NEW YORK (Money Magazine) - As investors, we've become all too familiar with the price/earnings ratio, that simplest of measures for gauging the value of a stock.
After all, if we'd paid P/E ratios more heed a few years ago, we might have recognized the stock market bubble well before it popped.
These days it's real estate everyone's worried about, and Edward Leamer, an economist and director of UCLA Anderson Forecast, is suggesting that we apply a P/E-like metric to our homes -- the "P" being a home's current market value, the "E" what it could rent for.
If the P/E is up dramatically, Leamer says, you may be living in a bubble.
Sound intriguing? Here, in question-and-answer format, is what you need to know to understand and use this method for valuing real estate.
Why do you want a P/E for a home?
The price we pay for a stock theoretically reflects the company's current earnings and reasonable expectations about its future earnings. But it can also reflect irrational, and ephemeral, market sentiments like optimism or "irrational exuberance."
P/Es tell us how highly the market values each dollar of earnings -- a valuation we can then compare with other stocks (or the same stock at other times) to gauge how much is based on ephemeral factors.
Leamer's aim was to create a similar measuring device for our homes. With U.S. median home prices up 54 percent over the past decade -- and dramatically more in many regional pockets -- we'd all like to know what our homes might be worth in the future, especially should current market sentiment turn.
What's rent got to do with it?
Few of us plan to rent out our homes, so why are rental values part of the calculation? Leamer's reasoning rests on the premise that the market values homes as if they could be rented, whether or not they will be.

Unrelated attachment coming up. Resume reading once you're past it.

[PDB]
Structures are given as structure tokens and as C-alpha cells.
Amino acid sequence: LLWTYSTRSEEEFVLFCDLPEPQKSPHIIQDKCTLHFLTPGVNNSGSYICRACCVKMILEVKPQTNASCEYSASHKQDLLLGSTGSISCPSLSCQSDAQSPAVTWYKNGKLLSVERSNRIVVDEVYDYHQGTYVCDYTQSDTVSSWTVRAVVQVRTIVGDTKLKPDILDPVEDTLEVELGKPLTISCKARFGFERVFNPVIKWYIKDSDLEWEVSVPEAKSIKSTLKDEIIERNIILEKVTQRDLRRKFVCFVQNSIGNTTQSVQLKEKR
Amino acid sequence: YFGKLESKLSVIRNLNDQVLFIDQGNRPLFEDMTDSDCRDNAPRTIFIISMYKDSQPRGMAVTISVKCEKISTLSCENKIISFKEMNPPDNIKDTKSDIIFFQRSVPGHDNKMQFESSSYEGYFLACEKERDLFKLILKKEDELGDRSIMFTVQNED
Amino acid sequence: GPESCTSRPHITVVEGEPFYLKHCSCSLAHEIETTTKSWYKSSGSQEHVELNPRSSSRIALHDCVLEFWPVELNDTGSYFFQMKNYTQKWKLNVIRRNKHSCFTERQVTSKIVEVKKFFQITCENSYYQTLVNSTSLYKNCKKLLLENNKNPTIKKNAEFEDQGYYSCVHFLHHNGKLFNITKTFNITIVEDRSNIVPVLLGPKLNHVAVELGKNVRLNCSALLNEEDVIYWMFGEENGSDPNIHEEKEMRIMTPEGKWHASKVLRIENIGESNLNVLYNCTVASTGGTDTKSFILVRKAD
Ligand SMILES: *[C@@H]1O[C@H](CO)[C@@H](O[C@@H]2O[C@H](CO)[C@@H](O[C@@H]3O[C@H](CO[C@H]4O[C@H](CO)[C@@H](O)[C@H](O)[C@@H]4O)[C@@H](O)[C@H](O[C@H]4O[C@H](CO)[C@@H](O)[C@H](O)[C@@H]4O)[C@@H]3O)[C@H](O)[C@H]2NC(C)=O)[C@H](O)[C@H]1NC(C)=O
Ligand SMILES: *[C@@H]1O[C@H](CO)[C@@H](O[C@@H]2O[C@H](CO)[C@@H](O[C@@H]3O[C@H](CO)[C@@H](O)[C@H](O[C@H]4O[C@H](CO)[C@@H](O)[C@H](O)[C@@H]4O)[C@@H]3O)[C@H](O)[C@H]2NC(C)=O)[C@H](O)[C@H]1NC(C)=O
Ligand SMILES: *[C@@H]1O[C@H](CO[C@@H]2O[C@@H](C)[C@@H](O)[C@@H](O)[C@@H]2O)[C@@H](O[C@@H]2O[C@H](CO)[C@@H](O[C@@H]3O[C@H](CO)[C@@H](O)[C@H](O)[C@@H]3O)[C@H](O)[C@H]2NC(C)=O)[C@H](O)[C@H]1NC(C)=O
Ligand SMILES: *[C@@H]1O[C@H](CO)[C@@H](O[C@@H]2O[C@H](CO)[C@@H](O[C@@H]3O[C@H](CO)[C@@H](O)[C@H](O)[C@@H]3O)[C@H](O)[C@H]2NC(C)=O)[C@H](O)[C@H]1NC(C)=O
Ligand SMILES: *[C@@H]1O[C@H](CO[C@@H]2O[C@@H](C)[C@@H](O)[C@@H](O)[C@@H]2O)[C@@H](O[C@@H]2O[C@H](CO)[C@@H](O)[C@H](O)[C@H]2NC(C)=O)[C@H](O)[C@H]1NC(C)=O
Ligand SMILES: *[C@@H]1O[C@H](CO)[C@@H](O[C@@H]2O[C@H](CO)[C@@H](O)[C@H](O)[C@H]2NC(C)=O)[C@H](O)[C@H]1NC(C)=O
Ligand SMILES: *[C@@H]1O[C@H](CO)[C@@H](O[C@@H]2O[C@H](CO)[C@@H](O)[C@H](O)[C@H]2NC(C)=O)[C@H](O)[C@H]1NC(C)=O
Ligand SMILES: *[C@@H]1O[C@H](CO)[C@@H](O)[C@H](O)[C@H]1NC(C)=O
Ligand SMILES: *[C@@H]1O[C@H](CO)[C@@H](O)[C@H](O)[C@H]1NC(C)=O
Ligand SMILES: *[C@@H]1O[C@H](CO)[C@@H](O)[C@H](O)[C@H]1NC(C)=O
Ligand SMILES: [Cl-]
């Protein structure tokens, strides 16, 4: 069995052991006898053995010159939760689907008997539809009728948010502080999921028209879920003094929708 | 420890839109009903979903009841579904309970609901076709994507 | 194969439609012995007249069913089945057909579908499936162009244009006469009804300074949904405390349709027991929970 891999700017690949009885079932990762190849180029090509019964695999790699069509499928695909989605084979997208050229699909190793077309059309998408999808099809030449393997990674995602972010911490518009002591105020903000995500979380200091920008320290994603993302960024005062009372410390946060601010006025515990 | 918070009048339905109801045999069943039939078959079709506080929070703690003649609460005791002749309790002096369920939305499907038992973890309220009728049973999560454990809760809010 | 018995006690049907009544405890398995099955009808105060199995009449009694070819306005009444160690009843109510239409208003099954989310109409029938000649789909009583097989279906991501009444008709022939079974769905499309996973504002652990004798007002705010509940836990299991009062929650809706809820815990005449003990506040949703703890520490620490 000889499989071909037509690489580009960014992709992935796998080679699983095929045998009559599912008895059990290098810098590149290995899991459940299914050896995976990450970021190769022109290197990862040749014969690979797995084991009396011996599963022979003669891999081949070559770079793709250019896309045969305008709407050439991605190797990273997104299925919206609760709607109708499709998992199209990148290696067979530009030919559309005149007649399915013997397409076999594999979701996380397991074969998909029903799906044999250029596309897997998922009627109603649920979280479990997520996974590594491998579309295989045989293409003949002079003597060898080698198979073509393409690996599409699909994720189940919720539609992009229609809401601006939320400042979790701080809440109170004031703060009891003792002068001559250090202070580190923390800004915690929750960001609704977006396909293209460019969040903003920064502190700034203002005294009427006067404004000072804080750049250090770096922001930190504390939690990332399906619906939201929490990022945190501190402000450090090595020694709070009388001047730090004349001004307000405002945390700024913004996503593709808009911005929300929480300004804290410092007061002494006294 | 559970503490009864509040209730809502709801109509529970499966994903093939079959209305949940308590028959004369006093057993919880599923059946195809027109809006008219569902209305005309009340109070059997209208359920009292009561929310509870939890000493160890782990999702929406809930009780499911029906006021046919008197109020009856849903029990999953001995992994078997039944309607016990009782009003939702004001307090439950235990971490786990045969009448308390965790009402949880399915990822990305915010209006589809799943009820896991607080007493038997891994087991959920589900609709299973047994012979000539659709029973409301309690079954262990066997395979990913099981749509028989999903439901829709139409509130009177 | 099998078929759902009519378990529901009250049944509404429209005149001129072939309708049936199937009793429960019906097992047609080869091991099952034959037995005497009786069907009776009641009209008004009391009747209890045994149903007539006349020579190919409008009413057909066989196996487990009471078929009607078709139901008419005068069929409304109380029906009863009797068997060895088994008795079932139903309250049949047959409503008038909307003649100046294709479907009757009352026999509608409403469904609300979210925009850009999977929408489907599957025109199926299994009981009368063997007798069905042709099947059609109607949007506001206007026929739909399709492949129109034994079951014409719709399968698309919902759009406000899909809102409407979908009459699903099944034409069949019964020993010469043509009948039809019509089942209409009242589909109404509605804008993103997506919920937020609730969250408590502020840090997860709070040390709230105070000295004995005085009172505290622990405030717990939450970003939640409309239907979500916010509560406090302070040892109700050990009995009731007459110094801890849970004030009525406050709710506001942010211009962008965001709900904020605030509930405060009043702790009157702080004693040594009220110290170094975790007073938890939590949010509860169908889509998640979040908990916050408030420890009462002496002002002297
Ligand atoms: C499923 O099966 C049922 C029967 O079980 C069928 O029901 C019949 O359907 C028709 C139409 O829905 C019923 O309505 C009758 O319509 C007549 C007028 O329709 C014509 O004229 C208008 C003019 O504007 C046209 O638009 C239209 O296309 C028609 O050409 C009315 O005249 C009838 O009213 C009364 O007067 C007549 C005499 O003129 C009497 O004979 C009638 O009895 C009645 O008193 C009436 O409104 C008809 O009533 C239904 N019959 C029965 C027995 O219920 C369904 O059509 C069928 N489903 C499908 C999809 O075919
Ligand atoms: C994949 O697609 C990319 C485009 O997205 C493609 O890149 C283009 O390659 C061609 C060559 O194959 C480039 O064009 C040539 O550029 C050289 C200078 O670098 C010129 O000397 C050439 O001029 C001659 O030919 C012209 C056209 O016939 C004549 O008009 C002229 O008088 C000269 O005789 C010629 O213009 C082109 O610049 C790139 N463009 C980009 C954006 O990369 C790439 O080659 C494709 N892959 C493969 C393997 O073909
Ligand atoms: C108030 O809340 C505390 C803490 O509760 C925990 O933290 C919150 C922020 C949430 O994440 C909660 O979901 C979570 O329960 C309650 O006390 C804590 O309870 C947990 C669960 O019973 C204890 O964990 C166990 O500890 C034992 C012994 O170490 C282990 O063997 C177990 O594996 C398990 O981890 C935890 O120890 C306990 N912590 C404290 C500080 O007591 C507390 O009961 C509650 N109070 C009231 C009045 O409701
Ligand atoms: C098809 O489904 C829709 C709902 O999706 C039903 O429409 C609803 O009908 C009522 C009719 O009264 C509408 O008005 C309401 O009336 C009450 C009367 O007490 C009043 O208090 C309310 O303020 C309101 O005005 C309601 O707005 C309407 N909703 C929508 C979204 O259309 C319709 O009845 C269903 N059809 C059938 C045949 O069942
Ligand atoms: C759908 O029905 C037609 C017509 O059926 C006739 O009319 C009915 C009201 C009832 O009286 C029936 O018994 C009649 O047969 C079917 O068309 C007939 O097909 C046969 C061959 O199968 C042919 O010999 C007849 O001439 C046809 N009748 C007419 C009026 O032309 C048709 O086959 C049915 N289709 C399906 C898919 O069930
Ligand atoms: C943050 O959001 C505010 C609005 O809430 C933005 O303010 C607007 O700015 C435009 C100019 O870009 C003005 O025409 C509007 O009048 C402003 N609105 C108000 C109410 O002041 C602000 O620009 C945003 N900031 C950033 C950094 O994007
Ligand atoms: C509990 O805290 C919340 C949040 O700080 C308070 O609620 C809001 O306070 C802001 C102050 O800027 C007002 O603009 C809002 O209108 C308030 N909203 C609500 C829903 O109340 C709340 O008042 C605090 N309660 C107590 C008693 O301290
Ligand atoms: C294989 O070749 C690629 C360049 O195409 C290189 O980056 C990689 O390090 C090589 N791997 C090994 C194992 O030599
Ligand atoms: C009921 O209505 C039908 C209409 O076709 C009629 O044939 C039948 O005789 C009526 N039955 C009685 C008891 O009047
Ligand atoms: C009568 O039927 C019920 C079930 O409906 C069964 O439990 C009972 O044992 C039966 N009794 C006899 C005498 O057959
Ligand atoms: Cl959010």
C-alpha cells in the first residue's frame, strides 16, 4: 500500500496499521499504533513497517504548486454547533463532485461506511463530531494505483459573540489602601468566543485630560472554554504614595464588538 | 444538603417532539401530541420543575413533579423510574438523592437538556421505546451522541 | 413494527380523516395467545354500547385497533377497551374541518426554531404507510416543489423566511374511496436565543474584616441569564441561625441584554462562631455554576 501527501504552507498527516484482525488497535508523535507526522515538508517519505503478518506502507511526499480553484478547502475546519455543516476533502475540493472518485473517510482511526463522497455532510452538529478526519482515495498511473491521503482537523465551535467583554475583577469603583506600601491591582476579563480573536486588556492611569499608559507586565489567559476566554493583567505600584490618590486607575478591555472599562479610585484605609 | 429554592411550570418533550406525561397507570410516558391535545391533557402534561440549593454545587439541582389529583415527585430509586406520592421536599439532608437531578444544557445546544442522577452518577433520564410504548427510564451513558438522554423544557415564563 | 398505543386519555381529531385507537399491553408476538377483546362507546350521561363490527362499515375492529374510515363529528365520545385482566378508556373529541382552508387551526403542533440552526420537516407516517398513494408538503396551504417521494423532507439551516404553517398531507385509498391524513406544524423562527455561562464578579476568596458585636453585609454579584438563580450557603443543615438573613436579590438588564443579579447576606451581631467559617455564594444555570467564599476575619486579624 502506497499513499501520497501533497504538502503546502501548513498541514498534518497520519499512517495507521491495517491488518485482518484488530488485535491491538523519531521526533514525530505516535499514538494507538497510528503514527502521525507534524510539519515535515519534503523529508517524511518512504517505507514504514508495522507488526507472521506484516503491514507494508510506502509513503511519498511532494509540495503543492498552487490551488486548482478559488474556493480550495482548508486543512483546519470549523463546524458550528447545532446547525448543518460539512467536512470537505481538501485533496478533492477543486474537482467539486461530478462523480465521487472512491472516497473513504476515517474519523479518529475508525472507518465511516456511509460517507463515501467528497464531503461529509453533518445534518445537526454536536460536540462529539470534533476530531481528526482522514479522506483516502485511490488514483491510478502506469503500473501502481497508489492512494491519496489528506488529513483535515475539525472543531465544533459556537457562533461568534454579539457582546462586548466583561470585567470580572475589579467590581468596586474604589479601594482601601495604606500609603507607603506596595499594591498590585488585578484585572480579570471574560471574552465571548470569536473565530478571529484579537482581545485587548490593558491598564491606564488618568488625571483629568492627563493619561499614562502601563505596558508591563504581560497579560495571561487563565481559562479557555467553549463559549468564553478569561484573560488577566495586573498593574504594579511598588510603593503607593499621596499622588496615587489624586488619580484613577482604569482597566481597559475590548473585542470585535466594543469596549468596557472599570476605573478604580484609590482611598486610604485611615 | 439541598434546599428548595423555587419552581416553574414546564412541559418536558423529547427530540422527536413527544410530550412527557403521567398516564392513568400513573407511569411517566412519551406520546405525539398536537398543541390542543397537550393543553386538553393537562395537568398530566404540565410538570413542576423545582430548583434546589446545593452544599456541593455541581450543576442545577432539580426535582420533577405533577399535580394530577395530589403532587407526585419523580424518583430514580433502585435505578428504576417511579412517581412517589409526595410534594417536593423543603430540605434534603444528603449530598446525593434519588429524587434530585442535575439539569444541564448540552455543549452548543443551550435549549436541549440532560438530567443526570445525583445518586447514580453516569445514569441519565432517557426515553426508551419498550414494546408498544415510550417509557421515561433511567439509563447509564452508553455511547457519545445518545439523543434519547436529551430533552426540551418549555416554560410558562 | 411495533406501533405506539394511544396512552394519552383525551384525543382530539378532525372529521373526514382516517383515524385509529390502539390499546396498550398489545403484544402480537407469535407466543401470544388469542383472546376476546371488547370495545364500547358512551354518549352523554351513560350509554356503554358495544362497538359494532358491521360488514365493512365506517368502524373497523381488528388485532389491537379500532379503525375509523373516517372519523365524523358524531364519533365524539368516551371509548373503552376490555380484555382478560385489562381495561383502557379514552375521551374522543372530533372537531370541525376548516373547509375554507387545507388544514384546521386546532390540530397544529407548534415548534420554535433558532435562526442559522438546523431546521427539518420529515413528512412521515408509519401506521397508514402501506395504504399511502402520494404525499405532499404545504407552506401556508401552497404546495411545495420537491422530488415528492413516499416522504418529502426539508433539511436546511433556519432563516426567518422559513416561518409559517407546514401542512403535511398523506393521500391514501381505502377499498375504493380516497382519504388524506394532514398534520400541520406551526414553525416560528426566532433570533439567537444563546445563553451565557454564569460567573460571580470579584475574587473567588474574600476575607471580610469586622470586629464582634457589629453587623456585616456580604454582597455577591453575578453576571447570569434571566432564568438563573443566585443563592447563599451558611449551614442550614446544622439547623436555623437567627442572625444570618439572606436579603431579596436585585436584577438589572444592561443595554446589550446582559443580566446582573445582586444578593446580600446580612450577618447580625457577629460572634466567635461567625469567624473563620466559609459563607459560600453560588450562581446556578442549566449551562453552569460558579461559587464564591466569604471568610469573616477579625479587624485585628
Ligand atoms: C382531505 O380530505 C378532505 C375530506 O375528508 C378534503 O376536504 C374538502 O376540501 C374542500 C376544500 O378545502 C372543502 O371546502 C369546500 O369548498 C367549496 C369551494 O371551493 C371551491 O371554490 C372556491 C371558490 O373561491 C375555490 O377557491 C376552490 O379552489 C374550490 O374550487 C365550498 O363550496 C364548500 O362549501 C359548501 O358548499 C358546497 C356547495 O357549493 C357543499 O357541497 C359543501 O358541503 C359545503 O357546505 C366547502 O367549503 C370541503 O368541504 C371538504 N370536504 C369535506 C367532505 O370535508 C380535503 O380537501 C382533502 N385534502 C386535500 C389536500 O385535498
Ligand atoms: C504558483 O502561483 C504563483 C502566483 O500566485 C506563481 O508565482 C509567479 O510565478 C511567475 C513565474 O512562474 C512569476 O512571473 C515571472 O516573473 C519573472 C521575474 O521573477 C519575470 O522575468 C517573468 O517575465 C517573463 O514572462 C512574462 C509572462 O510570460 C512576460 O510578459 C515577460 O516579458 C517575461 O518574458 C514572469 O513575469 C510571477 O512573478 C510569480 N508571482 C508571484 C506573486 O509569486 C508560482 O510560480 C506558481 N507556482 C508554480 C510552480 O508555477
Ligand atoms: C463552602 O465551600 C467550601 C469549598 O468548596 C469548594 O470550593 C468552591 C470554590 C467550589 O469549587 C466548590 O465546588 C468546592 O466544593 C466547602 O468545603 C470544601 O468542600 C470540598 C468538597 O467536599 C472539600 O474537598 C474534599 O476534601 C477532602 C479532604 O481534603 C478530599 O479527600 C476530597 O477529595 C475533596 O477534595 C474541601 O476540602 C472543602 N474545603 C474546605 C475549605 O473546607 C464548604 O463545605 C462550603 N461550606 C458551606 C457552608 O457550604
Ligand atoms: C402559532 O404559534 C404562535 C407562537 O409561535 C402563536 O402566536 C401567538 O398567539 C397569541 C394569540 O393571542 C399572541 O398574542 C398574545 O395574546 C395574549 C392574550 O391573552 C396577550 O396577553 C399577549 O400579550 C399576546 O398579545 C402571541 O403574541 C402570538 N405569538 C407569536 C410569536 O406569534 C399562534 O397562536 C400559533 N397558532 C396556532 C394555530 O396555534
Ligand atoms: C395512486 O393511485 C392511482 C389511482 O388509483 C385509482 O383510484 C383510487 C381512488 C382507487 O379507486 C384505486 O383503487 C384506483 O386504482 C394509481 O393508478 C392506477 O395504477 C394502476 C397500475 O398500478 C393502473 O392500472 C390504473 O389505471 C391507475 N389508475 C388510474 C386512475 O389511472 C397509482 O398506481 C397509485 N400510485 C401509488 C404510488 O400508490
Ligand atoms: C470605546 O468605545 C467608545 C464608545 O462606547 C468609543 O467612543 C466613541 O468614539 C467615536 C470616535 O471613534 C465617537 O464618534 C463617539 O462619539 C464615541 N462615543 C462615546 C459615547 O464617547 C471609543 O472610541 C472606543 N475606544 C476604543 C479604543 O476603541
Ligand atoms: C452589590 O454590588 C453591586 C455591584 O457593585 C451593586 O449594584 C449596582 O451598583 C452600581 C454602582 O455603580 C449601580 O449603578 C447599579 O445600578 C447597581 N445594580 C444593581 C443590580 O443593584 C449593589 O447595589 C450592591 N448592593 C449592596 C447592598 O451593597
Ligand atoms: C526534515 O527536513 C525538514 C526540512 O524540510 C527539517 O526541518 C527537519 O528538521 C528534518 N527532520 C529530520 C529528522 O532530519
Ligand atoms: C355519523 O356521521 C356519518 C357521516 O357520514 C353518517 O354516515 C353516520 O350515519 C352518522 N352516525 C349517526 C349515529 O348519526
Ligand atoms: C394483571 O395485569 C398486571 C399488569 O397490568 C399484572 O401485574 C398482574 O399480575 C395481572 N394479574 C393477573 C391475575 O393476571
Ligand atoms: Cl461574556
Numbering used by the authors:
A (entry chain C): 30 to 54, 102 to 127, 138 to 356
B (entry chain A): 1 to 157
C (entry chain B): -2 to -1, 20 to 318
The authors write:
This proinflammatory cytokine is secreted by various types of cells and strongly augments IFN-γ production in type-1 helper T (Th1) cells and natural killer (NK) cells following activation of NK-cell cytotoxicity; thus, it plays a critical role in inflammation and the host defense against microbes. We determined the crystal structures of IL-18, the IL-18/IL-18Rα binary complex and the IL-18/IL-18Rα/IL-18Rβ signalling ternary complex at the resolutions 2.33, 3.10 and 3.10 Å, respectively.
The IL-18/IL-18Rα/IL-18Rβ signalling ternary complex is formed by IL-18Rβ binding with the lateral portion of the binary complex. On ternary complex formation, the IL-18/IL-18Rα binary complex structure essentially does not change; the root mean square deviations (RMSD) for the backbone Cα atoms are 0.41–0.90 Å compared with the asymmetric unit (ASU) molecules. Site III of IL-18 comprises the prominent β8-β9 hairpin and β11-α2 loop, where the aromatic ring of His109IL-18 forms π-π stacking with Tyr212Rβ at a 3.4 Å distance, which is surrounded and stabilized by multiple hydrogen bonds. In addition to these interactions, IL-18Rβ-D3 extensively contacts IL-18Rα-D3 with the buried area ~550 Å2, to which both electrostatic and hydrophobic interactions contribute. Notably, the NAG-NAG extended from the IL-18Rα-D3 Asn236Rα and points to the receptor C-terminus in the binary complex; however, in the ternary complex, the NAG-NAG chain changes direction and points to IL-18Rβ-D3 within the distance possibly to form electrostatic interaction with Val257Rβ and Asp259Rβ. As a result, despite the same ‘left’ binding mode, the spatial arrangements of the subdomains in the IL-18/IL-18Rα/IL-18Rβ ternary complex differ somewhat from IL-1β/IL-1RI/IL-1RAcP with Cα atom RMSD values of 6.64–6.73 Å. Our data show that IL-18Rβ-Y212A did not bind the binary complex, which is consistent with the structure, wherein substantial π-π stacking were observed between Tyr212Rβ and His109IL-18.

|Metro area ||Home P/E |
|Boston ||63% |
|Miami ||45% |
|Tampa/St. Petersburg ||34% |
|New York City ||32% |
|San Francisco Bay ||30% |
|Atlanta ||18% |
|Los Angeles ||15% |
|United States ||15% |
|Chicago ||14% |
|Dallas || 4% |
|Philadelphia || -2% |
| Source: Edward Leamer, UCLA, based on National Association of Realtors and Bureau of Labor Statistics data.|
If it suddenly becomes much cheaper to rent, say, a $500,000 home than to own one (maintenance, property taxes and tax breaks included), some of us would consider selling our homes and renting instead, and some potential buyers would drop out of the market. Over the long run, Leamer figures, rent and sales prices should basically move in sync.
In the short run, however, they can get out of whack. Last year, Leamer crunched 19 years' worth of his P/Es on California housing and found that P/Es in the San Francisco Bay Area had expanded far more than those in the Los Angeles metro area since the end of the 1991 recession. Leamer sees this as "evidence of a bubble in San Francisco compared to L.A."
What's the P/E danger zone?
There isn't one. What matters is not the P/E itself but its change over time.
The fact is, as long as economic growth is high in a region, spurring new jobs and increased demand for housing, rental rates will likely rise and asset prices will increase even more, expanding the P/E for housing.
"A high P/E ratio can be justified in those markets where you would expect to see strong demand for housing in the future," Leamer explains. Low interest rates will also buoy P/Es. But if assumptions about economic growth or mortgage rates don't pan out, housing P/Es will have to compress.
So how much has my P/E changed?
The first step: Divide your home's market value by how much it would rent for on an annual basis. Then repeat the calculation using older data. Finally, compute the change.
You may have no idea what your house would rent for because the rental market in your area is limited. Local real estate agents may be able to give you an estimate.
But because reliable data can be hard to get, we asked Leamer to calculate metro-area P/E changes for us. He uses local versions of the shelter component of the consumer price index as a proxy for rental data.
Should I worry if my P/E is way up?
Housing bubbles typically don't pop like stock bubbles. Instead, home prices usually deflate slowly.
Transactions dry up before prices drop because homeowners tend to hang on rather than sell at a loss -- as long as they can make their mortgage payments.
For this reason, some real estate experts think the critical relationship is not between home prices and rental costs, but between the housing market and income levels.
That said, if prices and P/Es have gone up a lot, it's likely that they'll eventually come back down. "The equity markets taught us rather rudely that P/Es matter," Leamer says. "The same is true for the housing market."